Compliance Program Alert

Written by Martin A. Donlan, Jr., Esquire

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Nursing homes now face audits by Medicare and Medicaid recovery audit contractors (“RACs”) (overpayment auditors), Medicare and Medicaid integrity contractors (fraud auditors), as well as standard Medicare and Medicaid cost report and utilization review auditors such as PHBV Partners, LLP (formerly, Clifton Gunderson, LLP) who are ever more aggressive than in the past.  These auditors rely upon their successful retraction of payments for their continued contracting, not to mention that some receive direct incentive payments.  Accordingly, the scrutiny of your medical and billing records will now be more intense.  

Having an effective and active compliance program is, therefore, in every nursing home’s self-interest, as it may avoid adverse audit findings and provide protection against claims under the False Claims Act (“FCA”).  The federal government has made it even more important as the Patient Protection and Affordable Care Act of 2010 (“PPACA”) mandates that nursing homes implement compliance and ethics programs, which must be followed by all employees and agents of the nursing home and be effective in the prevention and detection of criminal, civil and administrative violations of Medicare and Medicaid program requirements.  The deadline for doing this is March 2013, and noncompliance with this mandate creates its own audit risk and may even be a basis for FCA liability.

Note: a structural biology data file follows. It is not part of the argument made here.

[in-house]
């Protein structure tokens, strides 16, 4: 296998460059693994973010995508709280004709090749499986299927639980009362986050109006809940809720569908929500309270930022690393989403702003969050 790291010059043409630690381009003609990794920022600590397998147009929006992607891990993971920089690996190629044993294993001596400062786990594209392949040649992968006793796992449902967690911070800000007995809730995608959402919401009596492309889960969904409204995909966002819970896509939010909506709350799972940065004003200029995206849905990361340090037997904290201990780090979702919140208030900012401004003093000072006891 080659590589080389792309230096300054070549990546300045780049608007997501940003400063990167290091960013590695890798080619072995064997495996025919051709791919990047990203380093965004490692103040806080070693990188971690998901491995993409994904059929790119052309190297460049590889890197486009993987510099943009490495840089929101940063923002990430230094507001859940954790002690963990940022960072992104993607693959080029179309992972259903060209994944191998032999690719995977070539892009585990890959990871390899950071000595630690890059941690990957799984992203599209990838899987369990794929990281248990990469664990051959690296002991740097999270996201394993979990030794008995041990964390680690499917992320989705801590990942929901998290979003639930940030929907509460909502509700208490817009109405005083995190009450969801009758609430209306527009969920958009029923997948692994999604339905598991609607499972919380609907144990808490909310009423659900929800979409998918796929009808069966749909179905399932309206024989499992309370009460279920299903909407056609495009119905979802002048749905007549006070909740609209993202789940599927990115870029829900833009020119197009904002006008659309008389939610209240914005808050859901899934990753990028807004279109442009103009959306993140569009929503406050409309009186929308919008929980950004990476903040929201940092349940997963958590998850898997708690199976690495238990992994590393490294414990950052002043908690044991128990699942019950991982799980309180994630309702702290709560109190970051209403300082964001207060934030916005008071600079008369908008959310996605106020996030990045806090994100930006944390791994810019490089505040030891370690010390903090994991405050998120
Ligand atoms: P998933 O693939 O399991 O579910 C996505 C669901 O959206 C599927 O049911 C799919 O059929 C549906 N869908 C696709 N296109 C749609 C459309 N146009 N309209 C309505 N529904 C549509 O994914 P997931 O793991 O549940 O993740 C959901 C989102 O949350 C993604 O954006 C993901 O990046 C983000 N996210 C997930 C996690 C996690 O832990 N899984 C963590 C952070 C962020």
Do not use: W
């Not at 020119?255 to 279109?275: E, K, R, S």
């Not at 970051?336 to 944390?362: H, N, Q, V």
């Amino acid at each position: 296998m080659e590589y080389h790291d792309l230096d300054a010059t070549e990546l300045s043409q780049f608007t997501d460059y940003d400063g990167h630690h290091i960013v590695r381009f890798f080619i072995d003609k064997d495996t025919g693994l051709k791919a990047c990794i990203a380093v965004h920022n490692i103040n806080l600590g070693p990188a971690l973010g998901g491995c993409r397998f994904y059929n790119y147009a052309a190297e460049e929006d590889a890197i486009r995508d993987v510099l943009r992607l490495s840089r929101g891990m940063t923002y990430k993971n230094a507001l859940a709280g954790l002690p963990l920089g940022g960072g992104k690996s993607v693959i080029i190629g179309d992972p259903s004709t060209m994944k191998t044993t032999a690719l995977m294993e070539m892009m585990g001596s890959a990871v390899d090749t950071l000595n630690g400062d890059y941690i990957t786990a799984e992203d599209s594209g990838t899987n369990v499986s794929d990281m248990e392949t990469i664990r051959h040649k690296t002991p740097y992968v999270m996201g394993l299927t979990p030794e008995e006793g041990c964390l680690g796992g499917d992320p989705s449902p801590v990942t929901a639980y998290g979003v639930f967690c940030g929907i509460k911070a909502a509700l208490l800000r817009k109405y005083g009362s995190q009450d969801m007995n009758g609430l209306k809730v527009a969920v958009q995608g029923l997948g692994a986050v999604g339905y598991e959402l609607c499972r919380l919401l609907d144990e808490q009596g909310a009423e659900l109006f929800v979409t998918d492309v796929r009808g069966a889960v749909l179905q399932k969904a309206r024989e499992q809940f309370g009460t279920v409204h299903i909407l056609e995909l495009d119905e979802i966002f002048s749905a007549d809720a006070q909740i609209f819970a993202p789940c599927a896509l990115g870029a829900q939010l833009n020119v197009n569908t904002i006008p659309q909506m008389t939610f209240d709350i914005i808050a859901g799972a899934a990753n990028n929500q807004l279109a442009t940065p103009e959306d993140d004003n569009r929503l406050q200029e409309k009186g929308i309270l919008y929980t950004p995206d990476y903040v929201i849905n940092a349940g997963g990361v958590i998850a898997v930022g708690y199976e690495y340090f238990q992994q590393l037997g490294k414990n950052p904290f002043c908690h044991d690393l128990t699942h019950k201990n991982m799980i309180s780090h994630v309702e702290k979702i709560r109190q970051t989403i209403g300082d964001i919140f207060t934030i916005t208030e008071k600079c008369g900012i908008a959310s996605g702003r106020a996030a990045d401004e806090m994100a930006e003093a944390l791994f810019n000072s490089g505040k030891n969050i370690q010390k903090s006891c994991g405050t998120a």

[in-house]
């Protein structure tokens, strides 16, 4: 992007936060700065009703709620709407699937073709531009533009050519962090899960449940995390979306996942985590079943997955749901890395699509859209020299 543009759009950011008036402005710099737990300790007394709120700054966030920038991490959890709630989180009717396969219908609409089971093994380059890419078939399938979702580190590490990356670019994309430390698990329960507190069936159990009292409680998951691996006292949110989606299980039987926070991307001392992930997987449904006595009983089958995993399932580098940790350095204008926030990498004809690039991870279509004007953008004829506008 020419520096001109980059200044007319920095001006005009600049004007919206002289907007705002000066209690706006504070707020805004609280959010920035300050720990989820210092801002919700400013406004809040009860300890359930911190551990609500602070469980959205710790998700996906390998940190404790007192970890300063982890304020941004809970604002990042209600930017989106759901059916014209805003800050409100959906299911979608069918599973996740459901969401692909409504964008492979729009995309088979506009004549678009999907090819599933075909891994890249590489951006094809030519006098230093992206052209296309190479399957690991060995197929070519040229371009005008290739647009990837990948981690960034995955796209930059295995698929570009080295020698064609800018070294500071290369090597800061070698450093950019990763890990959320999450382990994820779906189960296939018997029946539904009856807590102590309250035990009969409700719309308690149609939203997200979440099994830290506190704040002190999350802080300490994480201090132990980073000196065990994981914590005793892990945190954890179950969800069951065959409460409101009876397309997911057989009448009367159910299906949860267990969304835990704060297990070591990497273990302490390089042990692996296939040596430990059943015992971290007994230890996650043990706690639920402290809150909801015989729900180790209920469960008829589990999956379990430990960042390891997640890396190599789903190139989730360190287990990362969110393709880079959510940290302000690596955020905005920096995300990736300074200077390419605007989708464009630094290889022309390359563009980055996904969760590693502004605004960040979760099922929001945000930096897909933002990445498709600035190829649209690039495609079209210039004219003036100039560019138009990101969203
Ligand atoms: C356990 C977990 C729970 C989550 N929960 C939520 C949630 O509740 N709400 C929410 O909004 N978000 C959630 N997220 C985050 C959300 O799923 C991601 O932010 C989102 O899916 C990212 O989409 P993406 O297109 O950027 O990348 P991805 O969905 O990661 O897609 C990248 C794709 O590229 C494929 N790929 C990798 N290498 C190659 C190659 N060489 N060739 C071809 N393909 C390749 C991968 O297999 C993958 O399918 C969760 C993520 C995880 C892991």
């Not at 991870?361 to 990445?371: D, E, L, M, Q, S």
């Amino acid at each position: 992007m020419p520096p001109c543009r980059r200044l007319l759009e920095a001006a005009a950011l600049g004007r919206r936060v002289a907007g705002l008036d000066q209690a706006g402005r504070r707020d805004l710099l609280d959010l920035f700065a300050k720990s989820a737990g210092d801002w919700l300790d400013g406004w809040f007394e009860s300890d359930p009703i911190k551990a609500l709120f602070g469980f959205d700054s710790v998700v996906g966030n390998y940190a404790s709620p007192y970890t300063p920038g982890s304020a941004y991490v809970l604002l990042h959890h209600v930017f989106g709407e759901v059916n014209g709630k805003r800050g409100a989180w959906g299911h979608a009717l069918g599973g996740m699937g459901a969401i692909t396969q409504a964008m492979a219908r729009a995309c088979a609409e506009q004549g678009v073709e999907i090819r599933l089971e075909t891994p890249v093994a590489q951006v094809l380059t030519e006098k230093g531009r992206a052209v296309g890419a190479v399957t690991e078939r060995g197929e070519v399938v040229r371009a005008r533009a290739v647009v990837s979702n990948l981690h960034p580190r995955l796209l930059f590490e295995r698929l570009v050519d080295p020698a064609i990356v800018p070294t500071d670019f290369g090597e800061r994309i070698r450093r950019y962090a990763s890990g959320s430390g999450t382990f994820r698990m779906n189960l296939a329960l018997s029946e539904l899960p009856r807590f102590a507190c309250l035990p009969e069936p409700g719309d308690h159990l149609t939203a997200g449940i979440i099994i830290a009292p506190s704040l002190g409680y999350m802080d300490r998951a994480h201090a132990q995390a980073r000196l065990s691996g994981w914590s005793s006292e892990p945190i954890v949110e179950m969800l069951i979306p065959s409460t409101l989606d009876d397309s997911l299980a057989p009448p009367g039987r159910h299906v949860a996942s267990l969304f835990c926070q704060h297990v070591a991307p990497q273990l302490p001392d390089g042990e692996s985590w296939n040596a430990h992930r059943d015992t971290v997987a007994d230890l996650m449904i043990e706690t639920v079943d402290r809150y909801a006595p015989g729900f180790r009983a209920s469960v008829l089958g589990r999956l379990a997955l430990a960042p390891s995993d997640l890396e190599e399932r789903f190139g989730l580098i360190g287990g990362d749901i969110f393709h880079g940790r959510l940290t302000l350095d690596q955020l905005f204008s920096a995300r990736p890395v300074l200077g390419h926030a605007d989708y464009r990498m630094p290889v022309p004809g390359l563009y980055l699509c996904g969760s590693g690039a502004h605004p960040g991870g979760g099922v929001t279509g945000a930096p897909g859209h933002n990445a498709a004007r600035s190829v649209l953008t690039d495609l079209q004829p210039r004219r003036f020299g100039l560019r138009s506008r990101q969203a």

While federal regulations regarding this compliance program mandate are in process, it is essential that you review your current compliance program to be certain that it meets current OIG compliance program guidance and is an active and effective compliance program.  The American Health Care Association has developed a number of resources for members addressing compliance issues (member login required).  This is a good place to learn more about your compliance obligations.   

Identifying a compliance problem today has its own set of risks.  Under the PPACA, a provider only has 60 days from the date a Medicare or Medicaid overpayment is “identified” to make repayment to the program.  When an overpayment is “identified,” it raises questions of law and fact that can be very complex and 60 days is a very short period of time, so being diligent in resolving compliance issues is critical.  Remember, failure to make repayment of an identified overpayment is itself a violation of the FCA with criminal liability risks for both individuals and the company.

Forewarned is forearmed. Now is the time to review your compliance programs to assure their effectiveness and to provide you with the legal protections that they can afford you and this includes self-audits of your coding and billing practices.  Failure to do so now heightens your audit risk exposure.  

About the Author                    

Mr. Donlan is a Shareholder at the law firm of Williams Mullen and can be reached at 804.420.6934 or mdonlan@williamsmullen.com.